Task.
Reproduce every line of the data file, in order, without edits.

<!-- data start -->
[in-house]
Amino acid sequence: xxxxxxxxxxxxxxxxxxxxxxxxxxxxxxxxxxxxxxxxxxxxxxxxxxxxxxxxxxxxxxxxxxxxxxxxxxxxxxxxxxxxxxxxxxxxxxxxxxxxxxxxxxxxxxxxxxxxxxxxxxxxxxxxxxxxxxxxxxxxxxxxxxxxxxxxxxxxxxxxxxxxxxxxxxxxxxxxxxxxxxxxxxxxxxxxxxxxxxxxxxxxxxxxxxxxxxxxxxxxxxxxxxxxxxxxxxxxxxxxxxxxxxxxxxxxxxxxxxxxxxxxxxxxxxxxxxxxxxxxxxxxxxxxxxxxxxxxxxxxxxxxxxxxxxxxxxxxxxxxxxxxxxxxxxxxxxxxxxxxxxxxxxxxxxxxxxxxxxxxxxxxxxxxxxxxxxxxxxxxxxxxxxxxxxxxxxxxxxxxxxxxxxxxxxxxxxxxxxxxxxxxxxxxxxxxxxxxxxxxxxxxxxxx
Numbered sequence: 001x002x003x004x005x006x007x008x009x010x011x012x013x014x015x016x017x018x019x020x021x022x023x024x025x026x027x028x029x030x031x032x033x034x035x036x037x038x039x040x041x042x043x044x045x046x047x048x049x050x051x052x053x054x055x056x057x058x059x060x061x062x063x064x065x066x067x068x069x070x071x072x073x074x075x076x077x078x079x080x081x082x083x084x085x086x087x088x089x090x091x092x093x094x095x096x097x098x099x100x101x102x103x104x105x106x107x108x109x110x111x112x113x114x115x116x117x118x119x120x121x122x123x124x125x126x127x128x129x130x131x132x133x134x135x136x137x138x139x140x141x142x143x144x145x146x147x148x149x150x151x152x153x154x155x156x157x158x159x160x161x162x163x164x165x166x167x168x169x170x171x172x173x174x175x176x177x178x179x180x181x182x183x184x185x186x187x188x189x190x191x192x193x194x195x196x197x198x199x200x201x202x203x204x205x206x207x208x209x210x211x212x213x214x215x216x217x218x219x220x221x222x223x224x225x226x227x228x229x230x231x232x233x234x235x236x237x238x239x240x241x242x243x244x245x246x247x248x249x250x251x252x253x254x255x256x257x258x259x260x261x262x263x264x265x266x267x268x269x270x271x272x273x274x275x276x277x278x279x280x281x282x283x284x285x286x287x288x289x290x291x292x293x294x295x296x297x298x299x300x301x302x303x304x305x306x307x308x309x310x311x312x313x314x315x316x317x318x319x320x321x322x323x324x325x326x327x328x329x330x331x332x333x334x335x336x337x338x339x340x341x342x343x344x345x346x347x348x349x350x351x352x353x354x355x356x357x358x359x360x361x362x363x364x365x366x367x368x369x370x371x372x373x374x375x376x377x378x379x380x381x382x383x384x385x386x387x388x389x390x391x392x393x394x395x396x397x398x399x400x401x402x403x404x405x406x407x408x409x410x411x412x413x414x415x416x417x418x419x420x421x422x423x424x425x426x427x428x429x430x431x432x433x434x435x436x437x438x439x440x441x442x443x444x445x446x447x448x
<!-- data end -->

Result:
[in-house]
Amino acid sequence: xxxxxxxxxxxxxxxxxxxxxxxxxxxxxxxxxxxxxxxxxxxxxxxxxxxxxxxxxxxxxxxxxxxxxxxxxxxxxxxxxxxxxxxxxxxxxxxxxxxxxxxxxxxxxxxxxxxxxxxxxxxxxxxxxxxxxxxxxxxxxxxxxxxxxxxxxxxxxxxxxxxxxxxxxxxxxxxxxxxxxxxxxxxxxxxxxxxxxxxxxxxxxxxxxxxxxxxxxxxxxxxxxxxxxxxxxxxxxxxxxxxxxxxxxxxxxxxxxxxxxxxxxxxxxxxxxxxxxxxxxxxxxxxxxxxxxxxxxxxxxxxxxxxxxxxxxxxxxxxxxxxxxxxxxxxxxxxxxxxxxxxxxxxxxxxxxxxxxxxxxxxxxxxxxxxxxxxxxxxxxxxxxxxxxxxxxxxxxxxxxxxxxxxxxxxxxxxxxxxxxxxxxxxxxxxxxxxxxxxxxxxxxxxx
Numbered sequence: 001x002x003x004x005x006x007x008x009x010x011x012x013x014x015x016x017x018x019x020x021x022x023x024x025x026x027x028x029x030x031x032x033x034x035x036x037x038x039x040x041x042x043x044x045x046x047x048x049x050x051x052x053x054x055x056x057x058x059x060x061x062x063x064x065x066x067x068x069x070x071x072x073x074x075x076x077x078x079x080x081x082x083x084x085x086x087x088x089x090x091x092x093x094x095x096x097x098x099x100x101x102x103x104x105x106x107x108x109x110x111x112x113x114x115x116x117x118x119x120x121x122x123x124x125x126x127x128x129x130x131x132x133x134x135x136x137x138x139x140x141x142x143x144x145x146x147x148x149x150x151x152x153x154x155x156x157x158x159x160x161x162x163x164x165x166x167x168x169x170x171x172x173x174x175x176x177x178x179x180x181x182x183x184x185x186x187x188x189x190x191x192x193x194x195x196x197x198x199x200x201x202x203x204x205x206x207x208x209x210x211x212x213x214x215x216x217x218x219x220x221x222x223x224x225x226x227x228x229x230x231x232x233x234x235x236x237x238x239x240x241x242x243x244x245x246x247x248x249x250x251x252x253x254x255x256x257x258x259x260x261x262x263x264x265x266x267x268x269x270x271x272x273x274x275x276x277x278x279x280x281x282x283x284x285x286x287x288x289x290x291x292x293x294x295x296x297x298x299x300x301x302x303x304x305x306x307x308x309x310x311x312x313x314x315x316x317x318x319x320x321x322x323x324x325x326x327x328x329x330x331x332x333x334x335x336x337x338x339x340x341x342x343x344x345x346x347x348x349x350x351x352x353x354x355x356x357x358x359x360x361x362x363x364x365x366x367x368x369x370x371x372x373x374x375x376x377x378x379x380x381x382x383x384x385x386x387x388x389x390x391x392x393x394x395x396x397x398x399x400x401x402x403x404x405x406x407x408x409x410x411x412x413x414x415x416x417x418x419x420x421x422x423x424x425x426x427x428x429x430x431x432x433x434x435x436x437x438x439x440x441x442x443x444x445x446x447x448x